Late Blight in Potatoes

Late potato blight – sometimes just called potato blight – is a disease that can appear almost overnight and may decimate a potato crop. It affects leaves and stems as well as tubers. It is more common in moist, cool environments. Once infected, the whole plant may quickly collapse and what appear to be healthy tubers may rot in storage.


Historical Impact

Late blight is thought to have originated in Mexico. It probably traveled to other regions of the world when tubers were exported. The infection was a major contributing factor to the emigration of Irish and Scots families in the 1840s. These populations were primarily growing a variety of potato known as the Irish Lumper, which was highly susceptible to blight. Millions of people died of starvation in these famines.

Recognizing Late Blight

Late blight typically appears first as dark blotches on potato leaf tips and plant stems. It may also infect tomatoes – the symptoms are similar. The next stage is the development of white mold under the leaves. Infected tubers will develop patches of gray or brown on the skins; the patches are reddish brown underneath. A characteristic foul odor emanates from mushy spots in the tuber.

Blight Infection

Blight is a mold that is spread by spores. While the disease is killed by warm, dry weather, the spores can remain in the soil for some time and can also travel on the wind. Tubers that are missed during harvest or those left in cull piles may harbor the organism and allow it to spread at the start of a new growing season.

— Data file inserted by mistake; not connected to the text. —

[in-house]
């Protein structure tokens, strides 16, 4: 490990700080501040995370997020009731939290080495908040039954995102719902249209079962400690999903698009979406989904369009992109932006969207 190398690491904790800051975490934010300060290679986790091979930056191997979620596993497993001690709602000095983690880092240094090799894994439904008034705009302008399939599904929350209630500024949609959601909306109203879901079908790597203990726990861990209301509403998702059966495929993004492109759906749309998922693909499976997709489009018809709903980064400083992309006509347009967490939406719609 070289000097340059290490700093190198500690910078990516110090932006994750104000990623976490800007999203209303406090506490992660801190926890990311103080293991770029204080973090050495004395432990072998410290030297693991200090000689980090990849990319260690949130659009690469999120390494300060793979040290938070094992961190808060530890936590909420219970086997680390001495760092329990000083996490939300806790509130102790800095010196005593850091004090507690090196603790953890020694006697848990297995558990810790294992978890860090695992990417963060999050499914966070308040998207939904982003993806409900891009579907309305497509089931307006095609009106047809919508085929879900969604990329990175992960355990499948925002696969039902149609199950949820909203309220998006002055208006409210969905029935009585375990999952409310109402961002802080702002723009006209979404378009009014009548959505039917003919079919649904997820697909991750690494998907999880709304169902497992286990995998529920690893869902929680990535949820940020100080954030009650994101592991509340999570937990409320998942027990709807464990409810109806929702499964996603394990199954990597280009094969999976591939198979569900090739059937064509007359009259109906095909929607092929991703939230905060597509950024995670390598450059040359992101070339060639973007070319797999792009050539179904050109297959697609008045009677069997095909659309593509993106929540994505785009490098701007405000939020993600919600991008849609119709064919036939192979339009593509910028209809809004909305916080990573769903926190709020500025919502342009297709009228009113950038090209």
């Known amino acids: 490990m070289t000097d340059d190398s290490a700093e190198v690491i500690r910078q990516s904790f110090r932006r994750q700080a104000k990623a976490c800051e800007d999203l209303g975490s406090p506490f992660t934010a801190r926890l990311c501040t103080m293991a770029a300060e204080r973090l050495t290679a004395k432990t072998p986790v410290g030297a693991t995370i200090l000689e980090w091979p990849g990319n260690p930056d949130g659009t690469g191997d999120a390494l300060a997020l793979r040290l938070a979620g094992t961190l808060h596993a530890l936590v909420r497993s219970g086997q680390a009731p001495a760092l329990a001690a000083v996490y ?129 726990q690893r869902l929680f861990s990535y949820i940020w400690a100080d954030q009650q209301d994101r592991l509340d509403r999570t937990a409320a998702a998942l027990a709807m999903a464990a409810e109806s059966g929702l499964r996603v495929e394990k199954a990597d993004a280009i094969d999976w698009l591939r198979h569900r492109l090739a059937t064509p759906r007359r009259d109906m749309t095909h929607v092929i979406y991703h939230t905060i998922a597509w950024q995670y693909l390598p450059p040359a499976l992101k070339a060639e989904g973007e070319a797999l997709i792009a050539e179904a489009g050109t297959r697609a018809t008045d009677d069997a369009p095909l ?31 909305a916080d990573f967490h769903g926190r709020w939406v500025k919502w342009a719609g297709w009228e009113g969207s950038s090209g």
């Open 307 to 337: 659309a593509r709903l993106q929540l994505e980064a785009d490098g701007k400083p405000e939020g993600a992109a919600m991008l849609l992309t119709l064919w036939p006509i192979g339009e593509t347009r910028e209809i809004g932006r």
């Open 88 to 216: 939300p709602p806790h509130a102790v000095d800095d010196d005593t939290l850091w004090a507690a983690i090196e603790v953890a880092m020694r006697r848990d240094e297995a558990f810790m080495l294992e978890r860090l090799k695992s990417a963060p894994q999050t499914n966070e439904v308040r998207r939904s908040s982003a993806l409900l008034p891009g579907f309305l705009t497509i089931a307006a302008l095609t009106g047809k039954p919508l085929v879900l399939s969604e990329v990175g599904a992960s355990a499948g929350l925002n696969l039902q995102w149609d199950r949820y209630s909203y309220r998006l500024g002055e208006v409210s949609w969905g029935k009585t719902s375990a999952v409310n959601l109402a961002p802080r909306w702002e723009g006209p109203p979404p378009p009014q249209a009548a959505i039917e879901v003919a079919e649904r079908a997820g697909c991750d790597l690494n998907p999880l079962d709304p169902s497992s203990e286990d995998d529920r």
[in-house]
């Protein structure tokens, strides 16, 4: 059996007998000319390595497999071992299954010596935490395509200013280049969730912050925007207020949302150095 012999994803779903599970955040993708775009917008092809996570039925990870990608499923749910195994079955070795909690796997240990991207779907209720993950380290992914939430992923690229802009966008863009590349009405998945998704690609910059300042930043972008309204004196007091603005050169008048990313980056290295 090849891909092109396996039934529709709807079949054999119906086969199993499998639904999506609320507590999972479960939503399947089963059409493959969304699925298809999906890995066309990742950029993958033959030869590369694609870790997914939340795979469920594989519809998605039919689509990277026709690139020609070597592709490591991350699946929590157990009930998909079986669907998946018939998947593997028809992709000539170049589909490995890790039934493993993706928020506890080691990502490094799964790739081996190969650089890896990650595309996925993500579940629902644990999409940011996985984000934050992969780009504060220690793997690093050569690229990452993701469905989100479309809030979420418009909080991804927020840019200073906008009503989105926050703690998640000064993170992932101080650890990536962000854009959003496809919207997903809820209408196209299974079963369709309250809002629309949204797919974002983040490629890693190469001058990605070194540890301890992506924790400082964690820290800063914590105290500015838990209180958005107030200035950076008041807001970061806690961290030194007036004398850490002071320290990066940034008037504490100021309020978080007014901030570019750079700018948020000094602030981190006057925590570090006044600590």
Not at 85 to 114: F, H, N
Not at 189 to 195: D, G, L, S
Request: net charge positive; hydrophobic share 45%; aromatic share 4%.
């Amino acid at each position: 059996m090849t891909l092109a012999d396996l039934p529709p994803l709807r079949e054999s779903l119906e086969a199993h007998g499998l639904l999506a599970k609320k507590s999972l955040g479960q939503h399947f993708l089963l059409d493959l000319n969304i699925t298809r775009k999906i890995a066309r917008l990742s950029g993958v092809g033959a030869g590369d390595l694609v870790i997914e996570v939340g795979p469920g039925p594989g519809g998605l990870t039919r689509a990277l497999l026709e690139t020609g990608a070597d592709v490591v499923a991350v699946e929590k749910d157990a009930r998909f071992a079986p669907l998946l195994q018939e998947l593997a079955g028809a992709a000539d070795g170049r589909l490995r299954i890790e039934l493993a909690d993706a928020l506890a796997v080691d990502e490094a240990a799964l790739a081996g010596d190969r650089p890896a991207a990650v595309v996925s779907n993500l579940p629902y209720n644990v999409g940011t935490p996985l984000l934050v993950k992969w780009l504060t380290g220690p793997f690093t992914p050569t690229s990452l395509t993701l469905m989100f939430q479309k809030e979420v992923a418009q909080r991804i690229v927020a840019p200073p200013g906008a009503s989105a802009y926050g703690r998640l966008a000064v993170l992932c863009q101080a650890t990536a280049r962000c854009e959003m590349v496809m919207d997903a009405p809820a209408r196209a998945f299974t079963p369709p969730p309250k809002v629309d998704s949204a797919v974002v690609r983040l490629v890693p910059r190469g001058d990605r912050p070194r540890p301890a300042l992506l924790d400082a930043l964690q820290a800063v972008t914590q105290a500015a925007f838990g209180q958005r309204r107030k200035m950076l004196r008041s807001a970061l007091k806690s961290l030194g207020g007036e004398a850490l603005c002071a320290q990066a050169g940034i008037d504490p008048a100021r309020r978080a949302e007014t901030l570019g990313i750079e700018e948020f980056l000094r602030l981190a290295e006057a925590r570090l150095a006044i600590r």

Weather and Blight

Potatoes can be grown in all USDA Zones, but those with cool, moist springs are more likely to have blight problems. Disease development and spread is favored by:

  • Temperatures of 54 to 64°F (12 to 18°C).
  • Environments with high humidity or in rainy springs.
  • Temperatures below 59°F (°15C), which favor spore production.
  • Temperatures of 68 to 75°F (20 to 24°C), which promote development of lesions.

Managing Potato Blight

Once an infection begins, the best course of action is to immediately remove and burn infected plants. The disease is difficult to control and most anti-fungals are non-organic commercial chemicals. One of the few organic fungicides is copper sulfate. Irrigation practices can help manage humidity – don’t water plants overhead and don’t allow the soil to become soggy.

Other Strategies

Rotating potatoes may be helpful in managing infected soil. However, spores can travel on the wind. Always plant disease-free seed potatoes. There are a few blight-resistant varieties – Defender, Jacqueline Lee, Sarpo Mira, Sarpo Axona and Ozette. Romano, Remarka, Teena, Torridon, Stirling and Cara are slower than some to develop blight. Early varieties tend to be more susceptible than late varieties.